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Tired of the buzz: Flies & politicians redefine annoying
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Flies. They’re everywhere these days.

The sudden drop in night temperatures has brought them inside. But then the spring-like afternoons make them more active. Still, they are easy kills as these are lethargic times for the annoying little pests.

That said it has been hard to determine what has been more annoying lately - flies or politicians.

Both have been relentlessly buzzing us now for weeks. It’s hard to believe either serves a useful purpose in the overall scheme of things. One might concede, however, there is a need for flies, if only to remind us that some pests that are less obnoxious than the ones delivering garbage in the form of political hit pieces.

Some of the garbage that has gone directly into the recycling Toter this year includes mailers graced with the image of convicted sex offenders and perhaps one of the ugliest photos ever taken of Cathleen Galgiani courtesy of the California Republican Party.

Like every other hit piece, it takes a complicated issue such as the prison overcrowding reduction mandate and boils it down to fear.

Then there is the Democratic Party’s convoluted reading of a budget vote to try to portray Jeff Denham as anti-military. How can one logically be anti-military after serving 20 years, including a stint in Desert Storm?

The insensitivity award goes to the out-of-state American Action Network political action committee bankrolling an anti-Jose Hernandez TV ad that has gotten more air time than the Olympics. It’s a bit of a humorous commercial - especially Hernandez riding the bullet train as if it is a stampeding bronco - until they overplay the humor a bit too much.

“Say no way to Jose.” is how the commercial ends. I find it offensive and I’m not even Hispanic. Does anyone who comes up with the commercials bother to try to understand the local cultural and social landscape?

It’s like the commercial bashing Jerry McNerney. It correctly states all of the votes that the congressman has made that seem to be at odds with the needs of the struggling Northern San Joaquin Valley. But the deal breaker is the background photos of the absolute worst parts of Stockton in terms of blight and decay. Folks in Stockton are pretty sensitive to being panned nationally as a cesspool by snarky writers from Forbes et al. Besides, the Fort Apache-like urban Tobacco Road-style scenes are areas that have been that way for 30-plus years in Stockton. They are no different than what you can find in parts of “shining” cities that Forbes and their ilk are so enthralled with.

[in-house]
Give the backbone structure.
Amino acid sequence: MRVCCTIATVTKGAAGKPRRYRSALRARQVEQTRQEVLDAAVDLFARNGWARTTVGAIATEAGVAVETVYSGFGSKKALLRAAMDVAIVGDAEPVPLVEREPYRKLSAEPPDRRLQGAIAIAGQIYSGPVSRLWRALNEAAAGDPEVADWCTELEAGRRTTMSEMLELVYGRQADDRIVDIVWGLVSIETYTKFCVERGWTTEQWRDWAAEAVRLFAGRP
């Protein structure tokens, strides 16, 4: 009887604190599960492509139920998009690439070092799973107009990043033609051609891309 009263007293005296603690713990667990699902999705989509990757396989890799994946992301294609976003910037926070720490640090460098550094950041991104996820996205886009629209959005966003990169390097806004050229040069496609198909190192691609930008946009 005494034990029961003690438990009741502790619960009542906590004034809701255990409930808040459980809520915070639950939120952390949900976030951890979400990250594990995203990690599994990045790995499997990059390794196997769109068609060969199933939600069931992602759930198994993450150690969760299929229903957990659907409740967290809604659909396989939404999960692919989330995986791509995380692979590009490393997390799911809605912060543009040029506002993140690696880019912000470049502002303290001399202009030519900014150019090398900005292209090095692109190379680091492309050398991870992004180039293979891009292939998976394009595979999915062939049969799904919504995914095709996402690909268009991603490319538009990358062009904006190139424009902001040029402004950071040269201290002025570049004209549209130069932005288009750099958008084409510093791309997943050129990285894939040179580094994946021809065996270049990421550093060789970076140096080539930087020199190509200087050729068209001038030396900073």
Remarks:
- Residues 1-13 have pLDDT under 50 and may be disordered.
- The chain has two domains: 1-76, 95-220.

The Democratic PAC commercial harping on the fact Ricky Gill has “never held a job” is equally repulsive but for different reasons.

While Gill’s parents are successful physicians and farmers, he is still under 25. And in case the Democrats who approved the commercial care, folks in Stockton aren’t exactly jumping up and down about national unemployment being down to 7.8 percent, especially those 25 and under. The jobless rate in Stockton is 16.3 percent with those between 18 and 25 pushing 30 percent unemployment.

Besides, it is pretty lame for a party that championed lowering the voting age from 21 to 18, based on the fact an 18 year-old could be drafted and expected to lay down his life for this country, to imply somehow that a 24 year-old who will be able to be sworn in if elected because he’ll reach the minimum age of 25 in December should not be taken seriously because of his age.

Then there are the sound bites from Sacramento politicians telling us a particular proposition is going to prevent Sacramento politicians from hijacking money. First of all, wordings in bonds and propositions have never stopped Sacramento politicians before. And - let’s not forget - they are Sacramento politicians. Of course, it is always the other Sacramento politicians that create the problems and not the ones that we enable with our votes.

Making it all the worse are the party animals among us who gleefully act as if their chosen party is pious while the opposition is wallowing in gutter politics.

In a way, we’re to blame for the smell of foul politics. We expect presidential candidates to reduce a viable strategy to turn around the economy into 90-second debate answers or 30-second commercials. We also often refuse to listen to anyone who isn’t aligned with - or doesn’t play to - our biases.

So why are we shocked when what rises to the top is the stuff that makes fertile breeding grounds for flies?


This column is the opinion of managing editor, Dennis Wyatt, and does not necessarily represent the opinion of The Bulletin or Morris Newspaper Corp. of CA.  He can be contacted at or 209-249-3519.